Kenojuak Ashevak

Kenojuak Ashevak, BIRDS AND FLOWERS, 2012, Ink, coloured pencil, 20 x 26 in.

Exhibition opened October 16, 2018

A cultural ambassador for the art of Canada, Kenojuak Ashevak was an award-winning artist exhibited worldwide. Born in 1927, she was an early participant at the graphics studio in Kinngait and quickly established herself as the most successful artist from the Arctic; her works are instantly recognizable. Among her many honours and achievements, she received two honourary doctorates and was presented the Governor General’s Award for the Arts. She is a member of the Royal Canadian Academy, a recipient of the Order of Nunavut and a Companion of the Order of Canada.

Although she has worked with sculpture, Ashevak is best known for her drawings and prints. Through her symmetry of bold shapes and bright color, she depicted scenes of Arctic animals, camp life, transformations and spectacular beings. Her images have been included in almost all of the annual print releases, beginning in 1959 to the present day. From 1994 to the present day, Feheley Fine Arts has presented six solo exhibitions on Ashevak. Through this exhibition, the gallery focuses on her creative eye and skilled technique for drawings and prints, specifically her early etchings.

In the late 1950s, Kenojuak Ashevak was encouraged to work with pencils on paper due to her successful designs in beadwork and inlaid sealskin. As she developed into a prolific artist, her objective was to create visually pleasing drawings, not necessarily realistic. Ashevak did not conceive her scenes beforehand; her hand led her mind and she had no fear of making mistakes as she would re-work areas in her scenes until she was pleased. As such, her distinct graphic style with dynamic lines were often too intricate to print. Her prolific nature kept her working until her death in 2013.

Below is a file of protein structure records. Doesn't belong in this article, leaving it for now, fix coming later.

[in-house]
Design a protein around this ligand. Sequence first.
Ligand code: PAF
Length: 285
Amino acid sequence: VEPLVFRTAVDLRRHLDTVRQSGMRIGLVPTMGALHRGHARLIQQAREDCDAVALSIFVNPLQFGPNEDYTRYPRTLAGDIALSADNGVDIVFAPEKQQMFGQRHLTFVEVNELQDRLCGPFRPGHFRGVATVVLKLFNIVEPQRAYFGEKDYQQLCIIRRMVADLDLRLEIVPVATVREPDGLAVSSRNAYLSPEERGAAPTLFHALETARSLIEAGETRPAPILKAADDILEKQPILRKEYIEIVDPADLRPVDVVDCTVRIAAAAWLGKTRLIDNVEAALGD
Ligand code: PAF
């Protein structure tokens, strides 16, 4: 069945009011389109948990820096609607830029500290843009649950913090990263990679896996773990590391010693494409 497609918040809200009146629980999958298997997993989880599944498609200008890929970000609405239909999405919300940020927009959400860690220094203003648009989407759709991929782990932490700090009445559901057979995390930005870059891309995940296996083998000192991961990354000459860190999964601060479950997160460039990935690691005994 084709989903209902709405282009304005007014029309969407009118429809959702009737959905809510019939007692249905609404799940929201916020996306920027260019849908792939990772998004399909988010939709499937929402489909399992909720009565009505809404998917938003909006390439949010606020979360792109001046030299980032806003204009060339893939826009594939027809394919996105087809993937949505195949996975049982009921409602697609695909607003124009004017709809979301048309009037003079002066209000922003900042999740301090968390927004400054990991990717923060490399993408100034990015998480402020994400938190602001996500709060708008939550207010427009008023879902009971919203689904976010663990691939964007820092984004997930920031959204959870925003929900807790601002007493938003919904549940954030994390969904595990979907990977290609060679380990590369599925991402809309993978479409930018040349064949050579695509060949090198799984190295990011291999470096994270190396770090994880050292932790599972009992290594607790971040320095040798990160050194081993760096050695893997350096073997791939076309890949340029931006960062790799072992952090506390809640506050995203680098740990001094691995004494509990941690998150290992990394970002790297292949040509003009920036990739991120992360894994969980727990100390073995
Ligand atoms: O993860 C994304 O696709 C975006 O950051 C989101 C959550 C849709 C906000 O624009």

Introduced to Kinngait Studio in 1961, etching was the closest printing method to drawing as it permitted the artist’s hand to directly engrave imagery on the copper plate. Although etching only allowed for two-dimensionality, Ashevak made good use of linear markings through her characteristic cross-hatches to indicate texture. Moreover, she would superimpose or layer her subjects to establish a sense of dynamism to visually enhance her etchings. After engraving copperplates, she would present them to the studio for printing.

As Kenojuak Ashevak produced drawings, the master printmakers of Kinngait Studio would choose her artworks from a body of work. Through their technical expertise, the printmakers transferred her images into prints in either stencil, stone cut, linocut, or lithograph. Ashevak did not partake in the printing process – she would watch the progress. Regardless of the printing technique, her prints are easily identifiable as her form and subject matter remained consistent.

To view available artworks by Kenojuak Ashevak, click here.